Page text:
Generally, the prevalence rates of MRSA from most African countries have been shown to range from 25% to 50% [16]. Studies conducted in South Africa, Nigeria, Kenya, and Cameroon found the prevalence ranging from 21 to 33.3% [17, 18]. However, other studies conducted in Tunisia, Malta, and Algeria found the prevalence was below 10% [18]. A more recent study from Kenya found the MRSA prevalence rate of 84.1% among SSTIs which was higher than previous findings in the region [19]. These observations seem to suggest a trend of increasing MRSA cases over the years and hence the need for continued monitoring and control of MRSA infections in Africa. In Zambia, a similar pattern of increasing number of MRSA cases over the years has been observed. For example, at the University Teaching Hospital (UTH), a tertiary referral and teaching hospital in Lusaka, the prevalence of MRSA among Staphylococcus aureusisolates was found to be 23% and 30% in 2003 and 2010, respectively [20, 21]. Moreover, the most recent studies conducted at UTH in 2012 and 2014 estimated the prevalence of MRSA at 37% and 43% respectively [22, 23]. However, no systematic studies have been carried out to understand the extent of the problem of MRSA in Zambia. In a previous study, we determined that the MRSA strains isolated at UTH between 2009 and 2012 were highly multi-drug resistant [23]. However, the molecular characteristics of the MRSA strains were unknown. The aim of this study was to determine the molecular characteristics of MRSA isolated at UTH using SCCmec typing, spa typing and detection of pvl genes.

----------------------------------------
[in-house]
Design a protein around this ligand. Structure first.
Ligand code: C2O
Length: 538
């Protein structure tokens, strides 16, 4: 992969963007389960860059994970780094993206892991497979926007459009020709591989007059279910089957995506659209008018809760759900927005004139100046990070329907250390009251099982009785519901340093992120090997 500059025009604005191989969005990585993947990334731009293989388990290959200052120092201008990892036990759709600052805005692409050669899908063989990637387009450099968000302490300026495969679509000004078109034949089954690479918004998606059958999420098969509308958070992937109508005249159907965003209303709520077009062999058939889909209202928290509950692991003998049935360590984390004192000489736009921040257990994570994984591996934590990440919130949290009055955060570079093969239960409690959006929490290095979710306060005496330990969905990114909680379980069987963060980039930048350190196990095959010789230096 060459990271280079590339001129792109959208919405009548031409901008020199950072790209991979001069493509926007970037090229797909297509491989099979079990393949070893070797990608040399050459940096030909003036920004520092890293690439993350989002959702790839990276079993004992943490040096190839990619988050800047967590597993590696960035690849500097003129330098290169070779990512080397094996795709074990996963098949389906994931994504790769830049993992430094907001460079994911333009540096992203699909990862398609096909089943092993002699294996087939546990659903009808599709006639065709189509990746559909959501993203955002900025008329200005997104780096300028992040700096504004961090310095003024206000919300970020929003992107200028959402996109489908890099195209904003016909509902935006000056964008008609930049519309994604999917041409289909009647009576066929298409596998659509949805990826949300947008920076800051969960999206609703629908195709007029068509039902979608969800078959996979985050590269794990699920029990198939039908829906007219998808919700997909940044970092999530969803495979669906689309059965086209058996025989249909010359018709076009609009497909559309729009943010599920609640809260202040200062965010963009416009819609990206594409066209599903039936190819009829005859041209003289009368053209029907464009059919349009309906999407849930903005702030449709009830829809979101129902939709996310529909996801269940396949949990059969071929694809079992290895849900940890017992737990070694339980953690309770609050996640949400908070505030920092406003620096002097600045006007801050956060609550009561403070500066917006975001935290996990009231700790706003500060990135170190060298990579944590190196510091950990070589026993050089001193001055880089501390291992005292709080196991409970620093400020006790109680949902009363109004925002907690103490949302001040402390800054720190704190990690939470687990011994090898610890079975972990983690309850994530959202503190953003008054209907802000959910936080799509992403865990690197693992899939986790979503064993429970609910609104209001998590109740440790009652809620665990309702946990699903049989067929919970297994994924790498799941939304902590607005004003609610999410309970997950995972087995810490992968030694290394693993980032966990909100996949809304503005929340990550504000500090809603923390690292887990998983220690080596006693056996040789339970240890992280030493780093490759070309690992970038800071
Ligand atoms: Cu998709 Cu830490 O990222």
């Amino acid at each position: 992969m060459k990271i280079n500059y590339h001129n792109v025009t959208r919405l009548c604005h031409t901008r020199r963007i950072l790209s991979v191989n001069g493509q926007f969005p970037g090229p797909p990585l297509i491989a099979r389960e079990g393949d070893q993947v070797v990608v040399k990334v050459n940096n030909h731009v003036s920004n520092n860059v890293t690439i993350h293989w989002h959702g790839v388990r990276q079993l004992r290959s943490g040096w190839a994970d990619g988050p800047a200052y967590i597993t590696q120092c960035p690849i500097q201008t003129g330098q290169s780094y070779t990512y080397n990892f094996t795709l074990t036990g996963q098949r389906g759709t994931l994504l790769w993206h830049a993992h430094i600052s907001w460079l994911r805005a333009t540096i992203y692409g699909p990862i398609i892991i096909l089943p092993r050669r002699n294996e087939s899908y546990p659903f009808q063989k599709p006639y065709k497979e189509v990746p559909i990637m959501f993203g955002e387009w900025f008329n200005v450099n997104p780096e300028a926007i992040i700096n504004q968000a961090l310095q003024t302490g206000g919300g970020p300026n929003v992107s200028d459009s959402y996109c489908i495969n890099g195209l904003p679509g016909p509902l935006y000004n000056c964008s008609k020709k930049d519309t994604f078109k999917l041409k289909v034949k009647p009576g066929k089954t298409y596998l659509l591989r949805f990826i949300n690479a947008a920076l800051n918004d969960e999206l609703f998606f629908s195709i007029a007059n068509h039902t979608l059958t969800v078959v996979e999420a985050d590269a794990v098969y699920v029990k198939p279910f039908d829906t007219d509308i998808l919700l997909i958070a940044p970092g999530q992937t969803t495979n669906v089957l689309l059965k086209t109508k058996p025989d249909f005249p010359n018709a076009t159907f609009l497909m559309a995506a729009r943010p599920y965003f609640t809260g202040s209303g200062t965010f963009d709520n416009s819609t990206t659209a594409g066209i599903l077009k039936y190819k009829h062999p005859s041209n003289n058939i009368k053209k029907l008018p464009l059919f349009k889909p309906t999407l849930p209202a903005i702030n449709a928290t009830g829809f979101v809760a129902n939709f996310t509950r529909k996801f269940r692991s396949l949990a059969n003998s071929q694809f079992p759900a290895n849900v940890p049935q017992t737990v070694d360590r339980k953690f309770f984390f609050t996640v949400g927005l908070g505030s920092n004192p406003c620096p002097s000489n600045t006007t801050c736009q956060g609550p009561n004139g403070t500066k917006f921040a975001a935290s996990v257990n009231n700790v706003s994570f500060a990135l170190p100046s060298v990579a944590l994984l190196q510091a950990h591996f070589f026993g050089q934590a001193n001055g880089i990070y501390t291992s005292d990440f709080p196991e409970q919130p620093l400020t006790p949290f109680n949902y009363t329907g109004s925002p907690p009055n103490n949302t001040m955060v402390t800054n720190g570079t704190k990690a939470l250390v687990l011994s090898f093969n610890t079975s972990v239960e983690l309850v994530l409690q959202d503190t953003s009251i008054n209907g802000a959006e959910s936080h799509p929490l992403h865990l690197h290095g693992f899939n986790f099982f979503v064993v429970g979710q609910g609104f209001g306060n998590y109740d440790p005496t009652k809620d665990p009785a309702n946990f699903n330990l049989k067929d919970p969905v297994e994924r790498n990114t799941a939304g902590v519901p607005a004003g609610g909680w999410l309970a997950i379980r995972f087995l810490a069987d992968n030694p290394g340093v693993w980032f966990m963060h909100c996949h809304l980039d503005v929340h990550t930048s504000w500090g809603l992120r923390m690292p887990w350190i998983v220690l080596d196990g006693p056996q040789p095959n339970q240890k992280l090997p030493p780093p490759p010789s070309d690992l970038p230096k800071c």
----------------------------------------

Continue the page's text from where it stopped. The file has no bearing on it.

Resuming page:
Methods Up    Down

Study design and setting: the study was a laboratory-based cross-sectional study conducted at UTH in the Bacteriology Laboratory in the Department of Pathology and Microbiology.

 

Bacterial isolates: a total of 32 MRSA isolates collected from June, 2009 to December, 2012 at UTH, the largest referral hospital and the centre for all microbiology diagnostic work in Zambia were included in the study. These isolates were obtained from pus and blood samples. The clinical isolates were first plated onto Columbia blood agar plates (Mast Group Ltd, Merseyside, UK) and incubated at 37°C for 24 hours. Staphylococcus aureus isolates were identified by standard microbiological methods including colony morphology, Gram stain, catalase reaction, coagulase activity and DNAse test as previously described [23]. Resistance to methicillin was detected using oxacillin and cefoxitin discs using the Kirby- Bauer disc diffusion method as previously described [23].